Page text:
When the chickens seem like they may be amicable to each other – usually after about a week – access to the flock may be granted via an opening in the portable coop.

 

For the first few days, the new arrivals will maintain a close distance to the coop, but they will soon feel comfortable enough to range further afield and mingle with the rest of the flock.

 

There will be some internal shuffling as the pecking order gets sorted out with the newbies and you’ll notice a few of the established flock members making their leadership status clear to the new recruits.

 

However, if things get excessive and the new chickens are forced to live in a state of fear due to excessive chasing, pecking, and aggression, then the flock might not be quite ready to accept new members and they will probably need another few days of separation.

 

Just about anything can be used to construct a portable coop. Some breeders use dog cages, while clever chicken keepers make portable contraptions that are easily transported to each location as needed.

 

More Introduction Strategies

 

Separating the chickens via a wired partition or portable cage is an often-used system which gets results, but there is more than one way to introduce new birds to a flock.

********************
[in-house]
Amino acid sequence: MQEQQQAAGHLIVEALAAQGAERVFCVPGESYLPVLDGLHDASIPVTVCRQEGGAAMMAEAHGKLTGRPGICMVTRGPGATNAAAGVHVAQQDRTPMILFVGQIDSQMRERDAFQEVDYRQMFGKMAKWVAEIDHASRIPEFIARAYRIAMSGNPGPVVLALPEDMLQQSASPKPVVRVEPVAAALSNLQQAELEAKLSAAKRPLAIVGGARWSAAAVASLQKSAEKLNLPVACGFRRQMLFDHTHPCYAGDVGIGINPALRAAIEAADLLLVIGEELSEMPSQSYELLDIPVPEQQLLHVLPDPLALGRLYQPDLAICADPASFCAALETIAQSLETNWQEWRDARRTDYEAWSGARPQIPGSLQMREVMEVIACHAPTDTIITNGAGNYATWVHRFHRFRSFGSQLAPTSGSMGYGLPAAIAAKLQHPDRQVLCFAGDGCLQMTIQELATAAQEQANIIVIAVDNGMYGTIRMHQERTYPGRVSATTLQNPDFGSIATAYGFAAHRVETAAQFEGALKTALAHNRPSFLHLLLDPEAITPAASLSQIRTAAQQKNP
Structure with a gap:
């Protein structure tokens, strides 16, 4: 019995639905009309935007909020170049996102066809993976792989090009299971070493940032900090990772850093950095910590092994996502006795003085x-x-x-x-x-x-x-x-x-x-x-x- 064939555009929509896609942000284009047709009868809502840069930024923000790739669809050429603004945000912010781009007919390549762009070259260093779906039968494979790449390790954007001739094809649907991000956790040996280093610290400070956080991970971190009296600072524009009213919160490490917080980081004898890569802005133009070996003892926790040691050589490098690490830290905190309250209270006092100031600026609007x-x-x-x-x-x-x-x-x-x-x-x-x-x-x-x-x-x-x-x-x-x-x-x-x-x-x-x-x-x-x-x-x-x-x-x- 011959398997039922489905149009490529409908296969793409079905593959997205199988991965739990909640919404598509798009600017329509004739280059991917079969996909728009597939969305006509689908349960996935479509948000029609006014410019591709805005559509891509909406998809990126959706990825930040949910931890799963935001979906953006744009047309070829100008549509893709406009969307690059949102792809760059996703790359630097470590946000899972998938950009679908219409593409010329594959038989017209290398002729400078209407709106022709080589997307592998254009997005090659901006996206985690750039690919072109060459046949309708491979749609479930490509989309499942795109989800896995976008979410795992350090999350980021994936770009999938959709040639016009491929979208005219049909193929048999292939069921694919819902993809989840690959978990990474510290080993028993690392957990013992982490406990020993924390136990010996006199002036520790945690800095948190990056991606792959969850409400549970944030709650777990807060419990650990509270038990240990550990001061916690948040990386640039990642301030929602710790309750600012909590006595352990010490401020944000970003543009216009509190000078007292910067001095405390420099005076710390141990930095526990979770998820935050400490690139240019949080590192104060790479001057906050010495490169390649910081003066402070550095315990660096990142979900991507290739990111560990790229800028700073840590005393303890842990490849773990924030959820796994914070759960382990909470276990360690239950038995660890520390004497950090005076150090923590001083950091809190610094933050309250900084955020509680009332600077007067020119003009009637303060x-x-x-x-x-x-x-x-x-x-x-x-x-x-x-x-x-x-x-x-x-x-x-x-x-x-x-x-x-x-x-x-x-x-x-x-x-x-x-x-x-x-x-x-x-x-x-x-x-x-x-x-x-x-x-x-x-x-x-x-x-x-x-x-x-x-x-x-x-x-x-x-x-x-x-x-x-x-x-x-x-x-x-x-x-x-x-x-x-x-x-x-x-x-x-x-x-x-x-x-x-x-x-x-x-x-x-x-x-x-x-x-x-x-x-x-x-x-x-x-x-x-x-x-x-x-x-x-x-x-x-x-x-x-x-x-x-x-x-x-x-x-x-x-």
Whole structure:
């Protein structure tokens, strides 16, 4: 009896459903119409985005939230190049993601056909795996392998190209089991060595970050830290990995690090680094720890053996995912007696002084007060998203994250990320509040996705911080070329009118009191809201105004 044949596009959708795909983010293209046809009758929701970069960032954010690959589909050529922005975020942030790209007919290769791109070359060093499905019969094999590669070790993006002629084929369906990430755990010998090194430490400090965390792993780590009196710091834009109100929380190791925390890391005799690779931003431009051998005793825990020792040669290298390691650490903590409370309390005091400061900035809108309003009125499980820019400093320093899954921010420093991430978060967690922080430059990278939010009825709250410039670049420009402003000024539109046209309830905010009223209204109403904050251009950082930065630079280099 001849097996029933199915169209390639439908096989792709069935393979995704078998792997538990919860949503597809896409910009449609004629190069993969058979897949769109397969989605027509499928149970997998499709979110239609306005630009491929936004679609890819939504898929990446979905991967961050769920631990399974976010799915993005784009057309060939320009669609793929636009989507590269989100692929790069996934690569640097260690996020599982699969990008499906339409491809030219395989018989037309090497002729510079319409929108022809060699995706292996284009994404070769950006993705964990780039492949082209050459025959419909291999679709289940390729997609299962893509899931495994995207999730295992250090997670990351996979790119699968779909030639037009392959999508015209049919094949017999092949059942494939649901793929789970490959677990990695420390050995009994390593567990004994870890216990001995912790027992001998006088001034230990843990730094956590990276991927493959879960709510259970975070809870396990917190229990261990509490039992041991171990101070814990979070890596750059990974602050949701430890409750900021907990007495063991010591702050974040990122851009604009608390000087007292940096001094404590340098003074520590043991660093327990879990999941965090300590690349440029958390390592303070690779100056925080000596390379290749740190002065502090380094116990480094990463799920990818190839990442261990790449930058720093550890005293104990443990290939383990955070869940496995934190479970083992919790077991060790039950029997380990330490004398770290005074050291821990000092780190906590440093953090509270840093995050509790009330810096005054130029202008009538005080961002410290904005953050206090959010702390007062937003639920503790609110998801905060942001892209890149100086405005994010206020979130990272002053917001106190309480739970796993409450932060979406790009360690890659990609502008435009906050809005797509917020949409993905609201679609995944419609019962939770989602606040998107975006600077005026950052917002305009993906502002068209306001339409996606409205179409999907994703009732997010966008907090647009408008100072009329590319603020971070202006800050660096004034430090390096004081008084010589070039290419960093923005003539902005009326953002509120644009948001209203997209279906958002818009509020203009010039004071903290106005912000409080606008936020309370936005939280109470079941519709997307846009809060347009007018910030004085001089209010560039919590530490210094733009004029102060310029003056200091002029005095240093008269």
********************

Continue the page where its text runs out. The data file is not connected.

After keeping the birds separated for at least a week, you can pop the newcomers into the coop at night. If you use this system, you will want to make sure you are near the coop at the crack of dawn to take care of any outbursts, as some of the flock may take issue with the newcomers suddenly making an appearance.

 

Another strategy which has been used with some success is to locate chickens to somewhere which is new to all of them. It will throw the established flock off balance as they work out the boundaries for the new territory, giving the new arrivals some time to integrate.

 

This system works best if you are lucky enough to have wide open spaces which will provide the chickens with enough room to give each other a wide berth while they get used to each other’s company. Large free-range areas also give the new chickens room to run away without putting themselves in danger if the pressure gets too much.

 

Other Tips to Keep in Mind

 

You can give the birds a distraction to keep them from focusing all their attention on the new birds. Shiny CDs spinning in the sun will catch their eye, as will fresh greens which you have hung at random locations throughout the run.

 

If at any time blood is drawn, then the new chicken will need to be separated from the flock immediately. Chickens are drawn to bloody wounds. If the new chicken sustains an injury from one, then the others of the flock are sure to join the fray and make matters worse.

 

Keep younger chicks separate from the growers until they have matured a little. The youngsters can easily catch diseases from the older birds because their immune system hasn’t had time to develop.

 

New chicks will be no match against an older bird who takes issue with them – especially when you consider a month means the older bird will be about twice the size of the youngster.